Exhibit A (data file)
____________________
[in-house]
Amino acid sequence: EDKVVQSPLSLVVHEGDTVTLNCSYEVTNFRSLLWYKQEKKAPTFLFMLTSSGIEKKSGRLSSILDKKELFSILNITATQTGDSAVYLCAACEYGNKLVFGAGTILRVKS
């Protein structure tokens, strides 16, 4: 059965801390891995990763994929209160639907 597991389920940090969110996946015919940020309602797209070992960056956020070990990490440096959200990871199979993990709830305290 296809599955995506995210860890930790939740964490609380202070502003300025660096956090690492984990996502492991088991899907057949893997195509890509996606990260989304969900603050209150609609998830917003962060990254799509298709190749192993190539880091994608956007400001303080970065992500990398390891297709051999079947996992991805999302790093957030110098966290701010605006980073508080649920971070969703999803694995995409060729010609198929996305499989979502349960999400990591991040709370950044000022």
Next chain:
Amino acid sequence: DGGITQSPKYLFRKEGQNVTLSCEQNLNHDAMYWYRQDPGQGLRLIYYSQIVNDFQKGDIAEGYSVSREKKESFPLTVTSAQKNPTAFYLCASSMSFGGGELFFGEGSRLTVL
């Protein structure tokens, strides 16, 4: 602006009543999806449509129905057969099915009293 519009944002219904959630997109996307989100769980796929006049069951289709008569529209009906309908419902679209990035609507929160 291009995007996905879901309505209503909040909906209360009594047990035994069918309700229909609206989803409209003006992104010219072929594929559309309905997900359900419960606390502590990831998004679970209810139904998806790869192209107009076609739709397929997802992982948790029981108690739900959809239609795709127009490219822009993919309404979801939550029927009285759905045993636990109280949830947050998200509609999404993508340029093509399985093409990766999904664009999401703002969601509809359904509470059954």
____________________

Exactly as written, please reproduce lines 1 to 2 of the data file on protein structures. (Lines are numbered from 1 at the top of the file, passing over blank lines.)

[in-house]
Amino acid sequence: EDKVVQSPLSLVVHEGDTVTLNCSYEVTNFRSLLWYKQEKKAPTFLFMLTSSGIEKKSGRLSSILDKKELFSILNITATQTGDSAVYLCAACEYGNKLVFGAGTILRVKS